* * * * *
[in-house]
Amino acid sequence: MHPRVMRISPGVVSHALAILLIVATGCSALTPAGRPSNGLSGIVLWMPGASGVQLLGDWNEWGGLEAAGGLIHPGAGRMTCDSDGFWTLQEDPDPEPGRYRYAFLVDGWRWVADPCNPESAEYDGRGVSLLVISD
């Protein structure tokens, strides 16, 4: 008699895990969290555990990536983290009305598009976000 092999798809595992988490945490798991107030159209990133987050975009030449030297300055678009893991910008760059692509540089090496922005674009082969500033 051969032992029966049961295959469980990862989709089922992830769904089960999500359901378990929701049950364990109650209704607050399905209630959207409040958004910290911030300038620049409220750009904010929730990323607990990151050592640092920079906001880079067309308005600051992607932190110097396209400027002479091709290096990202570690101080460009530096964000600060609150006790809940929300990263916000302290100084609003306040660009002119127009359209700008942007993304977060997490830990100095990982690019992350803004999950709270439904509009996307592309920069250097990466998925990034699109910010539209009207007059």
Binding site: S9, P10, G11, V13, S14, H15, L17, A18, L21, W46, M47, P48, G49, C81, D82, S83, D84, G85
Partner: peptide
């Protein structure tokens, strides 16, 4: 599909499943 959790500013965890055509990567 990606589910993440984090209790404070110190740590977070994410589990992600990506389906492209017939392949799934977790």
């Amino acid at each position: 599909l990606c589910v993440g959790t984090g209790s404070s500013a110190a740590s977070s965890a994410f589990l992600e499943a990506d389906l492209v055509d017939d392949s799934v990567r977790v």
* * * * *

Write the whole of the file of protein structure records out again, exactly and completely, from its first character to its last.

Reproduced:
[in-house]
Amino acid sequence: MHPRVMRISPGVVSHALAILLIVATGCSALTPAGRPSNGLSGIVLWMPGASGVQLLGDWNEWGGLEAAGGLIHPGAGRMTCDSDGFWTLQEDPDPEPGRYRYAFLVDGWRWVADPCNPESAEYDGRGVSLLVISD
């Protein structure tokens, strides 16, 4: 008699895990969290555990990536983290009305598009976000 092999798809595992988490945490798991107030159209990133987050975009030449030297300055678009893991910008760059692509540089090496922005674009082969500033 051969032992029966049961295959469980990862989709089922992830769904089960999500359901378990929701049950364990109650209704607050399905209630959207409040958004910290911030300038620049409220750009904010929730990323607990990151050592640092920079906001880079067309308005600051992607932190110097396209400027002479091709290096990202570690101080460009530096964000600060609150006790809940929300990263916000302290100084609003306040660009002119127009359209700008942007993304977060997490830990100095990982690019992350803004999950709270439904509009996307592309920069250097990466998925990034699109910010539209009207007059």
Binding site: S9, P10, G11, V13, S14, H15, L17, A18, L21, W46, M47, P48, G49, C81, D82, S83, D84, G85
Partner: peptide
């Protein structure tokens, strides 16, 4: 599909499943 959790500013965890055509990567 990606589910993440984090209790404070110190740590977070994410589990992600990506389906492209017939392949799934977790």
């Amino acid at each position: 599909l990606c589910v993440g959790t984090g209790s404070s500013a110190a740590s977070s965890a994410f589990l992600e499943a990506d389906l492209v055509d017939d392949s799934v990567r977790v």